The first job my father ever allowed me to help him with was tearing off the old roof on our home’s ‘back room,’ as we called it. The space ran across the entire back end of the house and had a shed roof. For most of my childhood, it was used for storage, and before Dad built the garage, it contained his work bench and tools. I was in my early teens, and was thrilled. Not only did I get to climb the ladder onto the roof, but I felt proud to be helping him. It was back-breaking, filthy work – and I loved it. It also felt like an affirmation from my very traditional father who I’m certain was sometimes baffled by his offbeat daughter in the days before women’s lib became a part of the public consciousness. Up until then, I’d felt that he hadn’t taken my interest in his activities very seriously. He was always building or repairing something, and while he met my natural interest with flippancy, he encouraged my younger brother’s participation. Back then, I understood that was to be expected, along with other inequalities. Boys in school took shop, while girls did home economics, and that really rankled me. While I had to cook and sew – things I already knew how to do – the guys in my class got to make tables and bookcases, or do body work on cars. So unfair.
These days, I know my father is proud of what his daughter can do – and I still love getting down and dirty with hammer and saw. So when I read about the Women’s Build Day for Bennington County Habitat for Humanity, I knew the time was right for me to get involved. I’d been thinking about participating for quite some time. They build twice weekly – but there’s always something else to demand my attention, and I kept putting it off. So two Wednesdays ago I put on my workboots and grabbed my tool pouch to spend the morning with about 20 other women at the most recent house being built on Jennifer Lane in Manchester. Some were novices, others had a little experience, and a few really knew their way around a worksite. Our reasons for being there were as varied as we were. Our ages ranged from 16 to 75. One woman’s dream of building her own home led her to want to see how it’s done; a group of students were fulfilling their school’s community service requirement. Others wanted to challenge themselves, learn new skills, meet people or help out the homeowner, a single mom and her two daughters. We all, I think, were excited to be a part of something larger than ourselves. And we worked hard – on that day, nailing in strapping, caulking, roofing, moving and mixing 80-pound bags of cement, dismantling scaffolding, and more. Even so, it was fun – and wonderful to see so many strong, confident women come together to create and to serve.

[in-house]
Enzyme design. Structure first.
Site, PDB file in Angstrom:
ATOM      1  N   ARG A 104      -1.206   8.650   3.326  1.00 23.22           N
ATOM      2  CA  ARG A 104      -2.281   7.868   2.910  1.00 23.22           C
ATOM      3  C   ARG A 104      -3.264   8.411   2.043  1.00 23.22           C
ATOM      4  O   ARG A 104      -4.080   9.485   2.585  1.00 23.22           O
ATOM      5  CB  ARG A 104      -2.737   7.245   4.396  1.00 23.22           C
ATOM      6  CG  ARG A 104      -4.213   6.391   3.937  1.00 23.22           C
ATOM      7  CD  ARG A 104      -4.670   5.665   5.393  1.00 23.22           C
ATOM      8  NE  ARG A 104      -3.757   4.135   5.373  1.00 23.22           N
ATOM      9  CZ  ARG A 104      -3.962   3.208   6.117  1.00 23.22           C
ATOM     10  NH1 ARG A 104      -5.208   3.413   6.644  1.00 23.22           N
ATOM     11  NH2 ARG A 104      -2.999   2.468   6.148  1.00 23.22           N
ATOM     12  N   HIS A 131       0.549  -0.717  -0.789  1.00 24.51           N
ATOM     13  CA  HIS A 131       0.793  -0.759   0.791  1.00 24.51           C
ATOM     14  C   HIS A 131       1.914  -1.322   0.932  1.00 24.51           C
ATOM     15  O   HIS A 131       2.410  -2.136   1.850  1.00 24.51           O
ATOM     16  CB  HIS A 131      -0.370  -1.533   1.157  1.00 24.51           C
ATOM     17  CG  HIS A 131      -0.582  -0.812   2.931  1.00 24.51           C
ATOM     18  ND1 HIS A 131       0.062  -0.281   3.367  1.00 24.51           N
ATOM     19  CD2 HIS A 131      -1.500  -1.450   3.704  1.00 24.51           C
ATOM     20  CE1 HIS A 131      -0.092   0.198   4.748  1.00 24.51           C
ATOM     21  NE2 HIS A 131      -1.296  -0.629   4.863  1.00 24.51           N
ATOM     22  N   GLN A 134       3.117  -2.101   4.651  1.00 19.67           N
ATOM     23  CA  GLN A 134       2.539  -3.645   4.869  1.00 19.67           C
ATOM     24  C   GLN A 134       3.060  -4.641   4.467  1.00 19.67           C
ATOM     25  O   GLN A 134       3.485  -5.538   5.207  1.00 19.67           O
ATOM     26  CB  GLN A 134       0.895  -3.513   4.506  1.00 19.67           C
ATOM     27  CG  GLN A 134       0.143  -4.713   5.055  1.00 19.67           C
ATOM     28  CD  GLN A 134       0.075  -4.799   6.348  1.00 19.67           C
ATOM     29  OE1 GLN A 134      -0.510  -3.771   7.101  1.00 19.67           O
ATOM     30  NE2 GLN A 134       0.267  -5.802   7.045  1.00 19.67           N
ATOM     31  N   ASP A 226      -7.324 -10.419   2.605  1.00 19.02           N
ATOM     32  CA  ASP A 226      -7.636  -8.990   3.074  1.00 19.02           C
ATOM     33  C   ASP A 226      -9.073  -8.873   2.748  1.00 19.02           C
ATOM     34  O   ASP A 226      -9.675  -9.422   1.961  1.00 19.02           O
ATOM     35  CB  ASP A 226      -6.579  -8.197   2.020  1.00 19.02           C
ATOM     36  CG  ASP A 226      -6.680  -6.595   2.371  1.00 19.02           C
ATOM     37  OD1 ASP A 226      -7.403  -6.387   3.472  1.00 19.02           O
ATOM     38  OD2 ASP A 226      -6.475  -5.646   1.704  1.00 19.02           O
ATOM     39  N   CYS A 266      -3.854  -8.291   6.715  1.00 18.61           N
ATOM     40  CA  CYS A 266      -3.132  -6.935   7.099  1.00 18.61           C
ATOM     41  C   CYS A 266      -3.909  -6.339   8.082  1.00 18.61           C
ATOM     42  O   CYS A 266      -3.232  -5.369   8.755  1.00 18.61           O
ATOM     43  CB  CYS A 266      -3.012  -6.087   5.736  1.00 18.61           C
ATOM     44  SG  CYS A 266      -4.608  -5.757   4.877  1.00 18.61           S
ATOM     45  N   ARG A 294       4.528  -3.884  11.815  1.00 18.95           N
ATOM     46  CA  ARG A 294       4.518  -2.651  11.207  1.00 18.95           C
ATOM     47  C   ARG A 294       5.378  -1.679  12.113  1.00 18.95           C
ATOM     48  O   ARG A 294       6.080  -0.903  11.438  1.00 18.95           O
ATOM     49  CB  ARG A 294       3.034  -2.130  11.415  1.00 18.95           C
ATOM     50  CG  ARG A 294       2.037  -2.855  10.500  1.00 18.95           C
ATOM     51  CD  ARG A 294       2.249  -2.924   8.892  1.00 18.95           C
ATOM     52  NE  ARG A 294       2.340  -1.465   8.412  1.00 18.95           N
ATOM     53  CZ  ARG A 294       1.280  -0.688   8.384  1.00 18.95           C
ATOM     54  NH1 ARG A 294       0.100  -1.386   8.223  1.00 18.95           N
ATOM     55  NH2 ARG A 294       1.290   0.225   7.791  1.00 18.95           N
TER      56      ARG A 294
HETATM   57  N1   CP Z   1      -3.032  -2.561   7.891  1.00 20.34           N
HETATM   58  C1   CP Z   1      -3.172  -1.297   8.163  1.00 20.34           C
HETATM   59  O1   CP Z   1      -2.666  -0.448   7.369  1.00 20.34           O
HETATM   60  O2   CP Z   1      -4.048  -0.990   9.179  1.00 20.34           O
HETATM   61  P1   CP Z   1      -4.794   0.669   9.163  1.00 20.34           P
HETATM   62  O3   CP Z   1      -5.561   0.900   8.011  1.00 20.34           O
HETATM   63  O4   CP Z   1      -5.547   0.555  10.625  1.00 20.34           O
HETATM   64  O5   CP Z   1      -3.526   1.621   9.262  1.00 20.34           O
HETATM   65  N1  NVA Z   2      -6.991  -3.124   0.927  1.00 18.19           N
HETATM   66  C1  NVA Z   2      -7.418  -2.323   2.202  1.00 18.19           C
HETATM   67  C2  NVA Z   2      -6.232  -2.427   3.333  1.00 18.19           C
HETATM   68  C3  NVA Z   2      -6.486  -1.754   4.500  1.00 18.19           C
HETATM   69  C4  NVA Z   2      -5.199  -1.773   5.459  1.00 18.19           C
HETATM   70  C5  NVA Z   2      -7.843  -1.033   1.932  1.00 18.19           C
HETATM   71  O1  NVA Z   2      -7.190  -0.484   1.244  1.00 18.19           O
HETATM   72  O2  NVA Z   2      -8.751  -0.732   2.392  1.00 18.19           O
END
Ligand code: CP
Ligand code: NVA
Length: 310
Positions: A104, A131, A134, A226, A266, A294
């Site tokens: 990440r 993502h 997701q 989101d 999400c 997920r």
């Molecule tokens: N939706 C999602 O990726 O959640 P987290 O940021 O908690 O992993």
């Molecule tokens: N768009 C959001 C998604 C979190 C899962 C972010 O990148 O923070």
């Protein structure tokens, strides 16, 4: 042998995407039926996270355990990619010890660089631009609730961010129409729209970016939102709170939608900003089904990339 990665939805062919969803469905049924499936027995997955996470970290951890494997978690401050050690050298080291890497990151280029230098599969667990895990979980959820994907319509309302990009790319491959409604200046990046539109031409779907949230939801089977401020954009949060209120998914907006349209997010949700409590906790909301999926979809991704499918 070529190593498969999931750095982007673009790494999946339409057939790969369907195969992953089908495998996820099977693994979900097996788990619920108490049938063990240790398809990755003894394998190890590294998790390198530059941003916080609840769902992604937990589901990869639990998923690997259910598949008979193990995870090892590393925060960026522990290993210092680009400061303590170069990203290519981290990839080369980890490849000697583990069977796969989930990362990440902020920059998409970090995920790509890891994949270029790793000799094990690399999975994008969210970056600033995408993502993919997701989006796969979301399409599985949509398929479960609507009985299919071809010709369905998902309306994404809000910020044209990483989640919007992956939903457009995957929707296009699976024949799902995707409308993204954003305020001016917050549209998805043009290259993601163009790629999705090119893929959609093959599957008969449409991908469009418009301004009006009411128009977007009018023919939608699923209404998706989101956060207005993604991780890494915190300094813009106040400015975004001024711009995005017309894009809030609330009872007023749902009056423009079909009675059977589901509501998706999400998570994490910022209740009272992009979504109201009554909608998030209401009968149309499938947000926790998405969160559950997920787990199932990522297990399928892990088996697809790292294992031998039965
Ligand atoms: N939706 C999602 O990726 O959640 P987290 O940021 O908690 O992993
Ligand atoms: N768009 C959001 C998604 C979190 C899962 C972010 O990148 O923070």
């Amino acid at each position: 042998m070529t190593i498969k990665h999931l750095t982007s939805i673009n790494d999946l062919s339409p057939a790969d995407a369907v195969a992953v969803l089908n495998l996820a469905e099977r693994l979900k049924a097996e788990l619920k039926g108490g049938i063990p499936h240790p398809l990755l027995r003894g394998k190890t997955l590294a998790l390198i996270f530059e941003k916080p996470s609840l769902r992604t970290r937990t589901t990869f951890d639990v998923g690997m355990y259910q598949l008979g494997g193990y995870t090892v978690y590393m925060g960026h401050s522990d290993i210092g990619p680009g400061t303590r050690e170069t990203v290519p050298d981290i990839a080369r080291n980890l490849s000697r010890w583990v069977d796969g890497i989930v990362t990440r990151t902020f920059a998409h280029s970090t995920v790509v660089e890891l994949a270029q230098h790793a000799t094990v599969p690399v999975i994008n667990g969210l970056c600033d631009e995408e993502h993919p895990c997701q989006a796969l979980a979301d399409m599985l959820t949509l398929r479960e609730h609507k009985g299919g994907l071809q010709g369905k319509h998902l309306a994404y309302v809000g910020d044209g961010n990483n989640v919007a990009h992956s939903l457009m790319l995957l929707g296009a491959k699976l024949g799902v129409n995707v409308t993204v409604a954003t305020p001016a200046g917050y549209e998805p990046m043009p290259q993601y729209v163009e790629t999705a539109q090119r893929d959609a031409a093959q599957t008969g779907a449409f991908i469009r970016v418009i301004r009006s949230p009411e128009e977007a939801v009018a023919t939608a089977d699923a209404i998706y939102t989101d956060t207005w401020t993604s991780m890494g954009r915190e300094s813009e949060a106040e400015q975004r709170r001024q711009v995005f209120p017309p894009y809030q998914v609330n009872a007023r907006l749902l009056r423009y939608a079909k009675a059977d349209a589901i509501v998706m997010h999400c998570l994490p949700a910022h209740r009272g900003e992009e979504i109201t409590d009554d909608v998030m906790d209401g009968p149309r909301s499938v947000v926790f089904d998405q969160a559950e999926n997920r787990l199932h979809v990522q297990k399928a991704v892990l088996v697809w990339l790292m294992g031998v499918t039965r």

The homes that Habitat builds are very energy-efficient, and the homebuyers work alongside the crews from the ground up. There are two build locations. Jennifer Lane build days are Wednesday and Saturday; on North Branch Street in Bennington, Thursday and Saturday. For more about their projects and how to get involved – whether you’re a man or a woman – visit the website at benningtonareahabitat.com.